Pictured above: Dan Kerr-Hobert in Tedium by The Neo-Futurists/Photo: The Neo-Futurists
For the last five years, The Chicago International Puppet Festival has sought to further Chicago’s rich puppet history, growing Chicago as a cultural center for puppetry. The Chicago International Puppet Festival is a 12-day, city-wide celebration of all forms puppetry.
Tucked away in the Neo-Futurists’ home space are two events taking place during the festival: one, a collaborative presentation of both Other Sensations, created and performed by the radical composer-performer group Mocrep, and two, Tedium by Mickle Maher, adapted and performed by The Neo-Futurists.
Audience members seat themselves in the first room, and face a long banquet table decked out with a plastic feast intermingled with instruments—a giant turkey, a trumpet, a gallon of milk, chocolate syrup, and cowbells all grace the table. Two televisions face each other, one mounted above the audience facing the stage and the other positioned high above the stage. As the lights dim, the banquet table begins to shake ominously, and the piece Other Sensations launches into its exploration of freedom, choice, and American capitalism.
While Other Sensations was designed as a companion piece to Tedium, it stands on its own as an expression of the inescapable nature of capitalism and American consumer culture. Mocrep said that examining the un-escapable linear structure of time discussed in Tedium led them to examine similar structures prevalent in society.
“We started thinking about the nature of freedom and choice, both as they exist as capitalist decoys… and also as real tangible moments of hope and transcendence,” Mocrep said. “The tension between these two is where the piece lives, a tension that is intellectual, theoretical, paradoxical, but also visceral and emotional.”
Throughout the piece, Mocrep implemented music, a television commercial for a buffet franchise, a communal dish of chocolate syrup, and the repetition of the letter “A” 350 times. They also used a non-linear structure for their piece, slipping in and out of non-progressive “scenes.” Since scenes had no resolution, and there was no plot or other device moving the piece forward, the audience experienced time and its rate across a spectrum: at moments when there was entertainment and change, time moved quickly; at other instances, like the monotonous, almost excruciatingly long series of “A’s”, it moved very, very slowly.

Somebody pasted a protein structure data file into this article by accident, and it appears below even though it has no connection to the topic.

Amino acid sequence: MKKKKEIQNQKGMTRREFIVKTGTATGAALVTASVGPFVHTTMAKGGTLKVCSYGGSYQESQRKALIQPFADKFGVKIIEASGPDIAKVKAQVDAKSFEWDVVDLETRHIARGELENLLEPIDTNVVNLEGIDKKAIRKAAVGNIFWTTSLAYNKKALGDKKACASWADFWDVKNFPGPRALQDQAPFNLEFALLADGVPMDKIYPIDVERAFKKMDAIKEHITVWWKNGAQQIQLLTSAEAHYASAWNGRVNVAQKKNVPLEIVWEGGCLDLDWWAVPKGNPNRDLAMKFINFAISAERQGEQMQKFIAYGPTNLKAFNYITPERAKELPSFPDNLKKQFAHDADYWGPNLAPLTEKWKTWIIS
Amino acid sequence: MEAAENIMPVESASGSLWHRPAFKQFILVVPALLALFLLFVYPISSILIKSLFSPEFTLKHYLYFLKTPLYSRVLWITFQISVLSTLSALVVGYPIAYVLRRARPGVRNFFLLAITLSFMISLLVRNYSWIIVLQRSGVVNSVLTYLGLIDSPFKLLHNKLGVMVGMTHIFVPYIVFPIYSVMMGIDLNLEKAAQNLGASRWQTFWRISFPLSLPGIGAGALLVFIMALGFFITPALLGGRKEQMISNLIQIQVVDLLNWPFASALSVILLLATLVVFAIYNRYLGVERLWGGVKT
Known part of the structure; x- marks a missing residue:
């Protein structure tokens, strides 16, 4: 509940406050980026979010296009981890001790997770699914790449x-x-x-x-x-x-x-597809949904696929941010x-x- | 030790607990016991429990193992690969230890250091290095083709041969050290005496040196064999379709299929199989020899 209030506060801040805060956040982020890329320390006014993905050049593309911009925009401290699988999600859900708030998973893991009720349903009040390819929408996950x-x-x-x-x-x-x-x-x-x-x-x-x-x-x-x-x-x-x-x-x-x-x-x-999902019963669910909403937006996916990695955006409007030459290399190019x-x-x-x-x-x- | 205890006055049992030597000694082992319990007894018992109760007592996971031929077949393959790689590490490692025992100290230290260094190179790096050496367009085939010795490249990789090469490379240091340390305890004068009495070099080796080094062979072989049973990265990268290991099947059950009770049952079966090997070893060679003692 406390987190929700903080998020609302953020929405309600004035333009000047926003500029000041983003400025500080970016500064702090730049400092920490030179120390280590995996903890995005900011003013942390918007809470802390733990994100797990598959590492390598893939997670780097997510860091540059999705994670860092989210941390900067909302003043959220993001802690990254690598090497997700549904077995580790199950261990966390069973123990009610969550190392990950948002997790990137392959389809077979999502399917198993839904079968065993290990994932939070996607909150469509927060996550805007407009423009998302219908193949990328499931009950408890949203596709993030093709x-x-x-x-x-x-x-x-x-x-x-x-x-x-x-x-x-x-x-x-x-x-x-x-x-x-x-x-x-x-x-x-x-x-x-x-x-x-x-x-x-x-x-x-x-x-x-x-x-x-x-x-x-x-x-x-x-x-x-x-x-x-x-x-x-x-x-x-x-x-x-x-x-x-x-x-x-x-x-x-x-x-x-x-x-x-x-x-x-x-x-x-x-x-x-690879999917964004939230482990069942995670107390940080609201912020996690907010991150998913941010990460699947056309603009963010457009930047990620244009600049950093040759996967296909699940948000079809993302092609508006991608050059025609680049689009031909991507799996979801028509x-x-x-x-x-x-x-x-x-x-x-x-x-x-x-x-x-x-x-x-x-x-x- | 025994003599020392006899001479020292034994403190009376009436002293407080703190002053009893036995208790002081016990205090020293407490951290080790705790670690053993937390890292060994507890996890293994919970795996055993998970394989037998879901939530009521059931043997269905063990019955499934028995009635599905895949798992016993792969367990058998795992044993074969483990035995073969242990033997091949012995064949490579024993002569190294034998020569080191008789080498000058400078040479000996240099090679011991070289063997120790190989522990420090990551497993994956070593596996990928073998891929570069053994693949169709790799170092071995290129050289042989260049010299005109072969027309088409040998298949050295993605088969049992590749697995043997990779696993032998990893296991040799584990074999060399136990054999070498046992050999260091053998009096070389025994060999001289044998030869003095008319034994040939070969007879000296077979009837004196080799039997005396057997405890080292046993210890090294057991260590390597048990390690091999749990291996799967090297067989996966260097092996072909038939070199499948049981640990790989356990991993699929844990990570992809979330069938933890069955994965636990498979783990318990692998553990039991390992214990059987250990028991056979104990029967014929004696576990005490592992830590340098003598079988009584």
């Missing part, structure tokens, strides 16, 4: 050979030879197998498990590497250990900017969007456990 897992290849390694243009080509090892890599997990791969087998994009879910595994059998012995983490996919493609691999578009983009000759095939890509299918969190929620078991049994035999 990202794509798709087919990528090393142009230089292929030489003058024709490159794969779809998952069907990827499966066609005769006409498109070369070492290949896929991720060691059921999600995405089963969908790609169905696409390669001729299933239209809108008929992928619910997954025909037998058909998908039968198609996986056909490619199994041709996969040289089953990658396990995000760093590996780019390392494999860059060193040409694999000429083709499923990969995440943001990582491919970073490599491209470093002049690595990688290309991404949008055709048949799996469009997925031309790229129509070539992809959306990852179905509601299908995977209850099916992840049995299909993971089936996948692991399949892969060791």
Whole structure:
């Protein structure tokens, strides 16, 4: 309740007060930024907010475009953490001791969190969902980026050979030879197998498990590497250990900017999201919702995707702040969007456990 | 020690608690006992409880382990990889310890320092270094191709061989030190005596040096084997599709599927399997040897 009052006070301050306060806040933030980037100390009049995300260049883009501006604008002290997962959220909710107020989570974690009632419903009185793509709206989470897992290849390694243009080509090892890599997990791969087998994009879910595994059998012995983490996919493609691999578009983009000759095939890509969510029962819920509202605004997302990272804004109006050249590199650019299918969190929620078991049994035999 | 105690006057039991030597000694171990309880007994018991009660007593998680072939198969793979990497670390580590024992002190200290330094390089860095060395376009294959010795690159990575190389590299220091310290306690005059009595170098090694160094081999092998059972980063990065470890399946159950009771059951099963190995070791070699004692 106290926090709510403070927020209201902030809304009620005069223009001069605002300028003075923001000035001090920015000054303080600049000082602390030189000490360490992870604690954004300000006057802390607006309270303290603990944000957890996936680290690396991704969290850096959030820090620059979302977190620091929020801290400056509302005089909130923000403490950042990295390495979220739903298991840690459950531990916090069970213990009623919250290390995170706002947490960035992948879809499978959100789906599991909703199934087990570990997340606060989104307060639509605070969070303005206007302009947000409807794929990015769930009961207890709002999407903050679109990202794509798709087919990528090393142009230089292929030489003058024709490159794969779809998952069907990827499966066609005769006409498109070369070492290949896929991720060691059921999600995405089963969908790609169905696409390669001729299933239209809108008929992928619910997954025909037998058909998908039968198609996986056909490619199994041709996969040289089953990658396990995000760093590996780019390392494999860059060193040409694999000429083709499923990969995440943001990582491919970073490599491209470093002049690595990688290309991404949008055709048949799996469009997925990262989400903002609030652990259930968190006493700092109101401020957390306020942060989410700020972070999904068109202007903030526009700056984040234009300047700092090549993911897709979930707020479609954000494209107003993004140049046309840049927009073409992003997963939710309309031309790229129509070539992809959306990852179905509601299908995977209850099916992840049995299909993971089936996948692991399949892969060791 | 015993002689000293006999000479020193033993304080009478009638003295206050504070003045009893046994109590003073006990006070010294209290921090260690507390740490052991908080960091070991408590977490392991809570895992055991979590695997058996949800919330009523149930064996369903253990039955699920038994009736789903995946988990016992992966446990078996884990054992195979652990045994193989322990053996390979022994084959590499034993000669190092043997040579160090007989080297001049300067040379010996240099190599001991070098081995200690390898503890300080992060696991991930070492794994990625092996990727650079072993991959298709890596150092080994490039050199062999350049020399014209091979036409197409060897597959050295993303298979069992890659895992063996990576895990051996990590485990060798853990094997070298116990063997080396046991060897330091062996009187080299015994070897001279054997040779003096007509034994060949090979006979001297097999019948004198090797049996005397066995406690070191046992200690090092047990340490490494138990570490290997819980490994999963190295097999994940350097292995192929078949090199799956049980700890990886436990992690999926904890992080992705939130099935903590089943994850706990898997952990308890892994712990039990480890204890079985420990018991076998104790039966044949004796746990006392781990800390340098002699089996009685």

“In this way any scene could be the beginning or end of the piece, giving the audience—and us!—the option to experience multiple or no endings and beginnings throughout the event,” Mocrep said. “In a way, [it] transcended the objective prescription of felt time.”
As far as puppets go, Mocrep said that they used their materials—instruments, visuals, video, and electronic music—as non-traditional puppets in the universe they built for the piece. Indeed, by the end of the show, it really feels like the two televisions have taken on their own characteristics and are acting as almost gods within the realm of the play, providing the moral compass for the people within the show.
The result is an eerie look at the myth of the American dream.
In one scene towards the end of the piece, the television calls out jeopardy questions that range from nonsensical to existential. “Have you been ahead of your wants?” the television asked.